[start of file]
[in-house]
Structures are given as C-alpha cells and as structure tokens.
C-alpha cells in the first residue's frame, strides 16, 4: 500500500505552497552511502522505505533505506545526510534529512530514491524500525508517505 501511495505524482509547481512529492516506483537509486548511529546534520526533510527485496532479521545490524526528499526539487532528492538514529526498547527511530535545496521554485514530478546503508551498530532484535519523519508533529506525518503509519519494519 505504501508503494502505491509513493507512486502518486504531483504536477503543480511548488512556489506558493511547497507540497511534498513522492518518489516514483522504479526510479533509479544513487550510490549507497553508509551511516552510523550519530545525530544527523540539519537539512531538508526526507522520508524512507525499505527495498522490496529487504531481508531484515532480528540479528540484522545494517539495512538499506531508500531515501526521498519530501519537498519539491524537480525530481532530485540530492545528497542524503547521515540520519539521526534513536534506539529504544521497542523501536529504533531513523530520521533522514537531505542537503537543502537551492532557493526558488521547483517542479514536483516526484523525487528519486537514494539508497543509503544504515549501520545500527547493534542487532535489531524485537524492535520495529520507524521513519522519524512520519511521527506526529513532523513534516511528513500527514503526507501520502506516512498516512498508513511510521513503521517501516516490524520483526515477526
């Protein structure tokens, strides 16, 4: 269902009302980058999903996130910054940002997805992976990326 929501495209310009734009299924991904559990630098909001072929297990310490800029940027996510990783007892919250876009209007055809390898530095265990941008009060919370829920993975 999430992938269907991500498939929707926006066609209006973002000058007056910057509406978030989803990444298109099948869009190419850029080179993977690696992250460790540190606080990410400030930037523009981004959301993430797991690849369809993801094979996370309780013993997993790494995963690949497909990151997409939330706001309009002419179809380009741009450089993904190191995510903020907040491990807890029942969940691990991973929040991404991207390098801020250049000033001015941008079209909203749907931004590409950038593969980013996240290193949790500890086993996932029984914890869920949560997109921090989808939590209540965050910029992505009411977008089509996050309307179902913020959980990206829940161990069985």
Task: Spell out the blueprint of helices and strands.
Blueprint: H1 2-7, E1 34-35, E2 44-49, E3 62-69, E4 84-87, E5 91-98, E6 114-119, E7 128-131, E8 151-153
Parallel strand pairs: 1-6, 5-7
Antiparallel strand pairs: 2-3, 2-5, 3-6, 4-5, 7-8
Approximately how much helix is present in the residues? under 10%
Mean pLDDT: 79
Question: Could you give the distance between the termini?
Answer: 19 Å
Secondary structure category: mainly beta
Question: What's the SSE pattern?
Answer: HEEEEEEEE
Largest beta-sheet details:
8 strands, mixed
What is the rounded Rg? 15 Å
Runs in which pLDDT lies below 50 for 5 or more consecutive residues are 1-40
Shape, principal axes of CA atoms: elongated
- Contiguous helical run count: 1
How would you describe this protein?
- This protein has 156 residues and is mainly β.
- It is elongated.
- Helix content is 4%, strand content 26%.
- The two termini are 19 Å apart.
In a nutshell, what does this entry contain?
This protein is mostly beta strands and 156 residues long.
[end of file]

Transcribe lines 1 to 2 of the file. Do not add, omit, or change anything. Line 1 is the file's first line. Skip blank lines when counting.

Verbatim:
[in-house]
Structures are given as C-alpha cells and as structure tokens.